Family Groups Welcome New Vaccine against Cervical Cancer, STD

Christian groups expressed support for a new vaccine that protects women against cervical cancer caused by a sexually transmitted disease but maintained that abstinence before marriage and fidelity within marriage are still the best ways to protect against a range of illnesses.

Last month, Merck and GlaxoSmithKline – the companies that developed the new vaccine – said the new treatment seemed to provide 100 percent protection against common forms of human papillomavirus (HPV), which can cause cancer in the outer end of the uterus. Both companies have said that the way to most effectively use the vaccine would be to give it to males and females before they become sexually active. The drug is still waiting for approval from the Food and Drug administration.

The Family Research Council, which promotes abstinence, has said that it will monitor the progress of the vaccine as it goes through the approval process “to ensure that there is full disclosure to the public of what these vaccines can and cannot achieve, their efficacy, and their risks (including side effects and benefits),” as stated FRC president Tony Perkins.

While groups such as the National Cervical Cancer Coalition, have expressed their desire to see the HPV vaccine be made into requirement for high school students, some conservative Christian groups, including the FRC and the Christian Medical and Dental Associations, have opposed making the vaccine mandatory.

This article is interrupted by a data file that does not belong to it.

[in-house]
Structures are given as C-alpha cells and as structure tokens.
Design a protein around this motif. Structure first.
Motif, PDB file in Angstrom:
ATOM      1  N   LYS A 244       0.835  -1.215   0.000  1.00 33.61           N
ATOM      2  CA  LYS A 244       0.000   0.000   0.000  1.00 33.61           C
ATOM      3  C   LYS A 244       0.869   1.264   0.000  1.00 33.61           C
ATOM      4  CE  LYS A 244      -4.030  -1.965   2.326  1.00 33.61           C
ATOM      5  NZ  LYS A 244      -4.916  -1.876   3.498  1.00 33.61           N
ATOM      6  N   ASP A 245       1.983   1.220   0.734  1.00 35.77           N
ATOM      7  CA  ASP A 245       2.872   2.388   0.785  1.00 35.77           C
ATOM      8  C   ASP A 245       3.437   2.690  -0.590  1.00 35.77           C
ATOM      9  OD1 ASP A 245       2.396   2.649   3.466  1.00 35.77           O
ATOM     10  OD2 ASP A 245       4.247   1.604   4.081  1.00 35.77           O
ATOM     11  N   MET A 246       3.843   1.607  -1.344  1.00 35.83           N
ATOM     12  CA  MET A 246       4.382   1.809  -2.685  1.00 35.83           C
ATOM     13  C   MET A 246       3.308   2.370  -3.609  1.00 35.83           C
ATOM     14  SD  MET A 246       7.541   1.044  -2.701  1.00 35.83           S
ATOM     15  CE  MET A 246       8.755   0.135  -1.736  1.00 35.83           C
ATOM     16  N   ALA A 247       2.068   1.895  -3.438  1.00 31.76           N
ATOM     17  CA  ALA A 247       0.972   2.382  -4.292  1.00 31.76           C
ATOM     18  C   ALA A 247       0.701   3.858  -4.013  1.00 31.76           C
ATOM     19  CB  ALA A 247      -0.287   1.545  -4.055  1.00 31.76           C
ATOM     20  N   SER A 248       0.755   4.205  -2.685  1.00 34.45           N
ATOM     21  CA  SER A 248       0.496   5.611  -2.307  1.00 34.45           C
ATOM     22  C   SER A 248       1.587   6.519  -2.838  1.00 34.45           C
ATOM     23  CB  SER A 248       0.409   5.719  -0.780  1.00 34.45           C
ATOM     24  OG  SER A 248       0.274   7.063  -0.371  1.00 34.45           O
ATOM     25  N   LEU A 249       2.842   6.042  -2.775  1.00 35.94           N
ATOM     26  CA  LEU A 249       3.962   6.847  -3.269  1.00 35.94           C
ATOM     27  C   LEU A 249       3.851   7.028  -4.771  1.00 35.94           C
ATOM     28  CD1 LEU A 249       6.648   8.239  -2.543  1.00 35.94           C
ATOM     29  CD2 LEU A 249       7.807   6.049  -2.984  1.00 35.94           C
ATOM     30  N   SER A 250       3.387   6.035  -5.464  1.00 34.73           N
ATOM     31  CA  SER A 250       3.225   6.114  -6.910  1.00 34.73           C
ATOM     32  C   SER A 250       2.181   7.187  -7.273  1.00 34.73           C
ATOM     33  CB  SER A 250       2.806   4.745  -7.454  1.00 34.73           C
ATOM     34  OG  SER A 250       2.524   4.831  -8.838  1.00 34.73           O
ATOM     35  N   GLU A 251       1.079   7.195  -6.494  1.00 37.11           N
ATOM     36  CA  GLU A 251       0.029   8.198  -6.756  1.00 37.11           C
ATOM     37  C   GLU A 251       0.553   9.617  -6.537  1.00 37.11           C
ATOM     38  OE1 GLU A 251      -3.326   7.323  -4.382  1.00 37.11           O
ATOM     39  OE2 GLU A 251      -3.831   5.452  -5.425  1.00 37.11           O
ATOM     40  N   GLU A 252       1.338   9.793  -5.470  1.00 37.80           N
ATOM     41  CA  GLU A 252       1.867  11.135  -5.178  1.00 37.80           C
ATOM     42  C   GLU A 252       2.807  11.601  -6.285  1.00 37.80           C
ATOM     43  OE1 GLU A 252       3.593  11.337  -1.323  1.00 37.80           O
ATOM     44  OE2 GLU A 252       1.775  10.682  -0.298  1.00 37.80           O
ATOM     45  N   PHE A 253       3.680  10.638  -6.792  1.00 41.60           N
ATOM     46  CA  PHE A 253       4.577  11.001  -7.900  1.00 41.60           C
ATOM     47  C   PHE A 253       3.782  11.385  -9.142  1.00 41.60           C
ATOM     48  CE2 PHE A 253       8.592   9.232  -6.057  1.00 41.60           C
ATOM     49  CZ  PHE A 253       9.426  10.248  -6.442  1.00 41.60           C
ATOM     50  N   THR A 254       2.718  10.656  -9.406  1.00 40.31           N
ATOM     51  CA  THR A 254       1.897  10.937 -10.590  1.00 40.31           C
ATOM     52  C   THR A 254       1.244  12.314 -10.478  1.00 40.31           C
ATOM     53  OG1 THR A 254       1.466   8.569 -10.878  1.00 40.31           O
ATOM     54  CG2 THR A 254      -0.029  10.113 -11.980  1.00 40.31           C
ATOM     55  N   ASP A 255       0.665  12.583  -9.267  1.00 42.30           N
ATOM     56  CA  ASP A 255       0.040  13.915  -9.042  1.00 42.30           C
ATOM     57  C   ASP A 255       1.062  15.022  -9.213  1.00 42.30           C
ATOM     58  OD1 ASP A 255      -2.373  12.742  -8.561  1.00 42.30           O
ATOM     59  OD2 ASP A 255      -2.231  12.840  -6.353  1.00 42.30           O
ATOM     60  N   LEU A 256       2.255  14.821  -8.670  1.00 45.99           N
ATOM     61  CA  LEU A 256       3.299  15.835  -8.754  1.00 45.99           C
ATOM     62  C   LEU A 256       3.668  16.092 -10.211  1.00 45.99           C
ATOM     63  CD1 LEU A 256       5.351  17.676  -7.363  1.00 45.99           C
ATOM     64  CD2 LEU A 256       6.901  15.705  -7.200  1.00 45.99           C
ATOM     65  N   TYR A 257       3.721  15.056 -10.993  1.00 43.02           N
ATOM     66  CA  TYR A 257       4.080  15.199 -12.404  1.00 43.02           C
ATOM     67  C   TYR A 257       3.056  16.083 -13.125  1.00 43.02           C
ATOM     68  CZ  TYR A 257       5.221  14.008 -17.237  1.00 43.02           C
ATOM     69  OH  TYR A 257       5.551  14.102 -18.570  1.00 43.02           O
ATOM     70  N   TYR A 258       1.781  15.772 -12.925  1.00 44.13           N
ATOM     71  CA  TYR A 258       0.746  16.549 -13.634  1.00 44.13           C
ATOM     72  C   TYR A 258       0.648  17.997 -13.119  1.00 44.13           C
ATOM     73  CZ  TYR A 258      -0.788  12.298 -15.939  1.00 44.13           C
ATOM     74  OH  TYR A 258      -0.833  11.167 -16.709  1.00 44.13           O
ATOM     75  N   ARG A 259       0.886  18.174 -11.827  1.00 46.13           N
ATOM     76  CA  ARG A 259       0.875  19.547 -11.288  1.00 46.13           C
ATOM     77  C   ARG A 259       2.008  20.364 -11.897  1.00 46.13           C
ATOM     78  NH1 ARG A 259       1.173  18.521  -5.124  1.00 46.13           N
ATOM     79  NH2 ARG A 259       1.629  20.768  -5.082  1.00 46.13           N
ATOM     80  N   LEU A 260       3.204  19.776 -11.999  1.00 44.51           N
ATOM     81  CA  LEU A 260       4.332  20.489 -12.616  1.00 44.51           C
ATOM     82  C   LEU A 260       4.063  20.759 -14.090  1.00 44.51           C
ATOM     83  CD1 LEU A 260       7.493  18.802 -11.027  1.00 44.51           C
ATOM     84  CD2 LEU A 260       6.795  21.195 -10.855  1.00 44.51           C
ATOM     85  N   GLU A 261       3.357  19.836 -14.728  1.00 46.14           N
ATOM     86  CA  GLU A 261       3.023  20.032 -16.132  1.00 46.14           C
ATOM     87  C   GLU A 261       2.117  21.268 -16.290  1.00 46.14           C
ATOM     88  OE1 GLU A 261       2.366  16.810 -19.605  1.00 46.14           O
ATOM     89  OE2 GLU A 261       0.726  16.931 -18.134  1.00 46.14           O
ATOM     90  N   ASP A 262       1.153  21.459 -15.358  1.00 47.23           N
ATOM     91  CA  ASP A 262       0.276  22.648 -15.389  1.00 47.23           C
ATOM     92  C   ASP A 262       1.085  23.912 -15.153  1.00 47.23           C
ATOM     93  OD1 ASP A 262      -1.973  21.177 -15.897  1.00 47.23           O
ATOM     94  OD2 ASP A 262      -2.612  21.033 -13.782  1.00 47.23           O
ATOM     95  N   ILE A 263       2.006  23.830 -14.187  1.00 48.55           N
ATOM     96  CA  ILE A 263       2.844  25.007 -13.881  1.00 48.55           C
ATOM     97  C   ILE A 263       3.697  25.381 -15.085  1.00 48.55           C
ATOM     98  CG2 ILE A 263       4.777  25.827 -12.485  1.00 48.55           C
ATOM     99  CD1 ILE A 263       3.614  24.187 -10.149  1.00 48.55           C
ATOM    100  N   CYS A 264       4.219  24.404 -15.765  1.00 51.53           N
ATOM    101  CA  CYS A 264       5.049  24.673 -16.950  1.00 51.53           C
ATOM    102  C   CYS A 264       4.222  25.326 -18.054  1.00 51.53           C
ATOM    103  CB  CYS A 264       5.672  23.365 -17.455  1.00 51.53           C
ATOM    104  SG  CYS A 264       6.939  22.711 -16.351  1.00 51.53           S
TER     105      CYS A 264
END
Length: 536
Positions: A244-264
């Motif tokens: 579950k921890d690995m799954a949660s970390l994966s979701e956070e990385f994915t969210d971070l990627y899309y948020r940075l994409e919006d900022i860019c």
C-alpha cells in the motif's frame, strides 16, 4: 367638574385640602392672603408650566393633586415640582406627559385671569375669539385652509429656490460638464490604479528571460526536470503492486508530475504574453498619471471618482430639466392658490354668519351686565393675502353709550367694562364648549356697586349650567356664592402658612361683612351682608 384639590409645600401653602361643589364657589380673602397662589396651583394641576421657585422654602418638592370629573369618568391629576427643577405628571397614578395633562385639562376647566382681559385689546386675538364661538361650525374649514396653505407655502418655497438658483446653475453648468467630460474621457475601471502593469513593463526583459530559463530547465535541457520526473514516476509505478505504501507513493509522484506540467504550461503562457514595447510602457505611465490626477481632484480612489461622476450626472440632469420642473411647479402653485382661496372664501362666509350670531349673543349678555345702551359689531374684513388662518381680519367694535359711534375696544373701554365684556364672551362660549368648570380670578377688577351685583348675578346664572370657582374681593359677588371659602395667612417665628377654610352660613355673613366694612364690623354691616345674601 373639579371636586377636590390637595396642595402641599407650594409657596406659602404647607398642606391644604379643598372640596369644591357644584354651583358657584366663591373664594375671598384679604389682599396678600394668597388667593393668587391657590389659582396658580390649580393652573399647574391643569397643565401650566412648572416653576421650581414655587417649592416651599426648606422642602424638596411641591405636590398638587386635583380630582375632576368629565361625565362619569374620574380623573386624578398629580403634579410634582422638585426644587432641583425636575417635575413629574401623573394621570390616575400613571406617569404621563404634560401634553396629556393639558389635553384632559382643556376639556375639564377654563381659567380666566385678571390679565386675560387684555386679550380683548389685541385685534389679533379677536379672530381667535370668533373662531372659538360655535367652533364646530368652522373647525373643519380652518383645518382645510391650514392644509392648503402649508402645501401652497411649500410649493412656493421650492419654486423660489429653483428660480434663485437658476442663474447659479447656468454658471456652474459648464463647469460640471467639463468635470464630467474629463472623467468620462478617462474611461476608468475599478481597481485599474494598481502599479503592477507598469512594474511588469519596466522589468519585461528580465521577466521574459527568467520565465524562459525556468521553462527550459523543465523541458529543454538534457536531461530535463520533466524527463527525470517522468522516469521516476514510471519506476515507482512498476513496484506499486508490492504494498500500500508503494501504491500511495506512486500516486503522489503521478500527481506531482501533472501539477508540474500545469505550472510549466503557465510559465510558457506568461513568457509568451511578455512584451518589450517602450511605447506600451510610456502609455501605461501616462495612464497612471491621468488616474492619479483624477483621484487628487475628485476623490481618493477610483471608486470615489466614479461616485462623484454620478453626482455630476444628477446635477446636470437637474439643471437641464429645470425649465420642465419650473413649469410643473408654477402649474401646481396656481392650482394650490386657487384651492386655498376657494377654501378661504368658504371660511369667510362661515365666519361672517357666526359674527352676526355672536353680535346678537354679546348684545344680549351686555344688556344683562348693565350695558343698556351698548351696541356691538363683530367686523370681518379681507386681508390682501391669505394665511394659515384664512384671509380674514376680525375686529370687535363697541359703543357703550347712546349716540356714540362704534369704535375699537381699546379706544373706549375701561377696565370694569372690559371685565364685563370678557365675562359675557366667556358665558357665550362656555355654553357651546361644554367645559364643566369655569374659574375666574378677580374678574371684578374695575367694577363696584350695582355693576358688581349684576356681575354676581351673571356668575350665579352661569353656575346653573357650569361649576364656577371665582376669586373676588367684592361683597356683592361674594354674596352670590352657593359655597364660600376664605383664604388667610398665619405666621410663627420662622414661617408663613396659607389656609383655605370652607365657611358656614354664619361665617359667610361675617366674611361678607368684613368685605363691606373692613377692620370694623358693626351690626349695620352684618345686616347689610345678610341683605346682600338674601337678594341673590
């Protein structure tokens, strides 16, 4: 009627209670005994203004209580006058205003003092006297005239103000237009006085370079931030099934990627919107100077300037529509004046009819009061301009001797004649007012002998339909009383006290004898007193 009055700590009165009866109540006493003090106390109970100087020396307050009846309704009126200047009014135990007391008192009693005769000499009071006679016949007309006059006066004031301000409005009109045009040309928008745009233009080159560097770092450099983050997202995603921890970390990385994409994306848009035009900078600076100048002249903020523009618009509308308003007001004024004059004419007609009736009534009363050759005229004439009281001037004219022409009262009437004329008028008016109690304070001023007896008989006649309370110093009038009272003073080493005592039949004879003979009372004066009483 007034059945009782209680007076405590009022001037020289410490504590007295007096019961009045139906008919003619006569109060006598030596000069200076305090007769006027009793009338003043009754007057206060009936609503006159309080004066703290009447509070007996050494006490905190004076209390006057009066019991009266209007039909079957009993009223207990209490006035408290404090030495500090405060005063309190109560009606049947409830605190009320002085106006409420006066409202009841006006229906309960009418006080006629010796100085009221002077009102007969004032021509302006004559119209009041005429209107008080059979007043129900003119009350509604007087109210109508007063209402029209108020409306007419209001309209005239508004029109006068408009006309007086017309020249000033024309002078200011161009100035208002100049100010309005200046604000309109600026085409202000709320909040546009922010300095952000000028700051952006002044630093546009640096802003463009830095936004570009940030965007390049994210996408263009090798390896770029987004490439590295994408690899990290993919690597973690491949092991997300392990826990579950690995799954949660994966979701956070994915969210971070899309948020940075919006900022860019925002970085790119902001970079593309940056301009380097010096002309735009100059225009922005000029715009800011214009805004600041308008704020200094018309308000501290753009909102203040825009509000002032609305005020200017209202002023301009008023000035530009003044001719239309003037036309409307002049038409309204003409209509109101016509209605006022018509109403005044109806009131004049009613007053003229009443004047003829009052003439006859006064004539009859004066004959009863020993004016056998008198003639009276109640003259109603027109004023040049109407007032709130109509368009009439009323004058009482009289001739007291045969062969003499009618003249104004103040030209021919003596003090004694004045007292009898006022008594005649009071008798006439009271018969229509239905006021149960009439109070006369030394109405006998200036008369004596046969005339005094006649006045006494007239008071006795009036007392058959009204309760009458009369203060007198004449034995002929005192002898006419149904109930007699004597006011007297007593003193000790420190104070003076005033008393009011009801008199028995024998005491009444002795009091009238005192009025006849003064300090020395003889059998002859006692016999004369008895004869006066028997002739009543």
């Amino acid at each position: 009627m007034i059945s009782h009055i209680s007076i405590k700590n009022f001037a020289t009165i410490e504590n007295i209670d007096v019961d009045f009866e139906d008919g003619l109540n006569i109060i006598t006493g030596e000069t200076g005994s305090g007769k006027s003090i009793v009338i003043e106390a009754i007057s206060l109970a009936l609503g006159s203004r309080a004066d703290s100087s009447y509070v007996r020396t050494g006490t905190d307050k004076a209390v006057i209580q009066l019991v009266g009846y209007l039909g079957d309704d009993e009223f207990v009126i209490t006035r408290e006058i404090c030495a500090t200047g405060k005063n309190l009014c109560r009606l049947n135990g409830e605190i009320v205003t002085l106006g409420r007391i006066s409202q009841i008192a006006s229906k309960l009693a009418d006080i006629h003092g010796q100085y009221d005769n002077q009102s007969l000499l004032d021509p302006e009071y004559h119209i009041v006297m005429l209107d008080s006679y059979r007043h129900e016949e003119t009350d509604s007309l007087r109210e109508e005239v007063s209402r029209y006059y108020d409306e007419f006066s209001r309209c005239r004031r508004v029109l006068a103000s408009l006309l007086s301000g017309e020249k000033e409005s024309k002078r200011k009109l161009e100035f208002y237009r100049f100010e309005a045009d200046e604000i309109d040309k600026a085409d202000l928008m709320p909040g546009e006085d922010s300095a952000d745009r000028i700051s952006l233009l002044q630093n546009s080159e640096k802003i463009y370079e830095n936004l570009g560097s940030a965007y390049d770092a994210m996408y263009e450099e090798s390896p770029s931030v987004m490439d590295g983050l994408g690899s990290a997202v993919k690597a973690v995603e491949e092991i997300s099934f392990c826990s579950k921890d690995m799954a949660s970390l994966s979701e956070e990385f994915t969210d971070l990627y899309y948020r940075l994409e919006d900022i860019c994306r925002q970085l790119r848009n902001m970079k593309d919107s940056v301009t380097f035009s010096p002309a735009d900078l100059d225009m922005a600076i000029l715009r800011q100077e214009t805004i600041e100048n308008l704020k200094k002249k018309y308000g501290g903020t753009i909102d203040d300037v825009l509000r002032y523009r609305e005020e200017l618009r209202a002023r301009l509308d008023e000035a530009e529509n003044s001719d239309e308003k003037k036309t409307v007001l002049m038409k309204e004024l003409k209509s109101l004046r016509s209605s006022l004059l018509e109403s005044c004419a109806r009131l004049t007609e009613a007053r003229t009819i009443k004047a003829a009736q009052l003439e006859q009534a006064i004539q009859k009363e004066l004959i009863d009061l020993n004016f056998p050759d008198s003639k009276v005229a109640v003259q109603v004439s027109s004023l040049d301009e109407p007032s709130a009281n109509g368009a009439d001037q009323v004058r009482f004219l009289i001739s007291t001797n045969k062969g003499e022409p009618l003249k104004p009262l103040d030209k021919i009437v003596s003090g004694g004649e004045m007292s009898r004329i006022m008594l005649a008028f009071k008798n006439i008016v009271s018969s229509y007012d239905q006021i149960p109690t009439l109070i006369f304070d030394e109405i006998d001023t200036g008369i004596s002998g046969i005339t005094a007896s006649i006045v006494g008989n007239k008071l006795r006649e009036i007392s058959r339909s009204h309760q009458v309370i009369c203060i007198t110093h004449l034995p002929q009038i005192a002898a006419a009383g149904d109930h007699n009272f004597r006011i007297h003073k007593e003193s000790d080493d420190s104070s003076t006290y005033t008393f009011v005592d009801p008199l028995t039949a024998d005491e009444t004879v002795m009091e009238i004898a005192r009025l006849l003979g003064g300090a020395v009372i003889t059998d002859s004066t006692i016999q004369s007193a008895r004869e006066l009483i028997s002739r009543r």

“I’ve talked to some who have said, ‘This is going to sabotage our abstinence message,’” said Gene Rudd, associate executive director of the CMDA, according to the Washington Post. However, he added that he believed people would likely want to immunize their children as they learned more about it.

“Parents should have the choice,” he said. “There are those who would say, ‘we can provide a better, healthier alternative than the vaccine, and that is to teach abstinence.’”

A representative from Merck said he wasn’t opposed to such views.

"It is not our intention in any way, shape or form to promote our vaccine as a substitute for any other prevention approach, be it abstinence or screening," said Mark Feinberg, vice president of medical affairs and policy for Merck.

However he added that if the goal was to reduce the rates of cervical cancer “as much as possible as quickly as possible, then you want as many people to get vaccinated as soon as possible,” according to the Washington Post.

The FRC said that it advocates an informed choice by parents, and while welcoming the medical progress, there are still many instances where abstinence is a preferred method of combating disease.

"While we welcome medical advances such as an HPV vaccine, it remains clear that practicing abstinence until marriage and fidelity within marriage is the single best way of preventing the full range of sexually transmitted diseases, unwanted pregnancies, and negative psychological and emotional consequences that can result from sexual activity outside marriage," stated the organization.